Reindeer Hotdogs

Reindeer hotdogs are a popular treat in Alaska. Mike Anderson of M. A.’s Gourmet Dogs in Anchorage has served this popular street food for 20 years. Made with caribou (reindeer) meat, grilled franks are topped with Coca Cola caramelized onions. The meat is readily available in Alaska and the Alaska Sausage and Seafood ships smoked reindeer sausage spiced with coriander and white pepper so the rest of us in the lower states can also enjoy.


Geoduck is a popular food in the Pacific Northwest. It gets its name from the leathery siphon protruding from the six-inch shell of the Geoduck clam that lives in the waters off Washington and British Columbia. The clams weigh about 3 pounds, can be 100 years old and the edible siphon can grow to lengths of three feet. The tender body meat is sautéed in butter with shiitake mushrooms and asparagus.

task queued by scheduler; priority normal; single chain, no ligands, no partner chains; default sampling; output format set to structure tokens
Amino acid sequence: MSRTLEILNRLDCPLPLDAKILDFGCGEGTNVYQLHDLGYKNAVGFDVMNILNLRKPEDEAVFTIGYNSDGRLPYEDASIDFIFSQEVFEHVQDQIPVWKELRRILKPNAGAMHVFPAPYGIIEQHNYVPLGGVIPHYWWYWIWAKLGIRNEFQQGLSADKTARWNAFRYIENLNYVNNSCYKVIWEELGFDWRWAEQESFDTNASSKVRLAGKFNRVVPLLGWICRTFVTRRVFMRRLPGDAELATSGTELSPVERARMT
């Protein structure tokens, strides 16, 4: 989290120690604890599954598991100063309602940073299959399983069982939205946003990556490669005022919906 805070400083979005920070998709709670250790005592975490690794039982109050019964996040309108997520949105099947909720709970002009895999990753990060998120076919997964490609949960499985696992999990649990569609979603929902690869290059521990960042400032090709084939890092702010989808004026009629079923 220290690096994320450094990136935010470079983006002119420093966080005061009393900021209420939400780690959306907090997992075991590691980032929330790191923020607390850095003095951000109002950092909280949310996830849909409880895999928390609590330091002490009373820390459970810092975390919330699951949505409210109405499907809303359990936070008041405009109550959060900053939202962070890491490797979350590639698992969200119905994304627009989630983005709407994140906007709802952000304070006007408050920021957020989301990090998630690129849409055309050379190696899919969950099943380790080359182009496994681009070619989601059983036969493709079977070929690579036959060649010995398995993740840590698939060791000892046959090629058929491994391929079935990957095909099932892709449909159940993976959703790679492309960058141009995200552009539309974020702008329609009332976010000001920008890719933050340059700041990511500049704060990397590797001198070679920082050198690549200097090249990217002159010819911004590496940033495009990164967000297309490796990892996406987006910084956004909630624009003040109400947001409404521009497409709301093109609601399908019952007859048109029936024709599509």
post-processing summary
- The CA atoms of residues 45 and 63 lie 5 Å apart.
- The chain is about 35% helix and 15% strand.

Fried Diamondback Rattlesnake

Fried diamondback rattlesnake is a delicacy in Texas. The world’s largest rattlesnake roundup is in Sweetwater, TX where the snakes are captured in the desert, skinned and then battered and fried. I have heard the word “delicious” used to describe them, however I think I will pass.


Turducken hails from Louisiana. Cajun chef Paul Prudhomme invented this dish of chicken stuffed inside of a duck stuffed inside of a turkey with all bones removed so it slices like a multi-ringed pork loaf. NFL commentator Joe Madden ate one during a New Orleans-Saints game in 1997 and made it famous.


Chitlins, this food also originated in the South. Sometimes known as chitterlings, this traditional soul food dish is made from the small intestines of pigs. After a thorough cleaning, they are slowly simmered until fork-tender and then breaded and deep fried.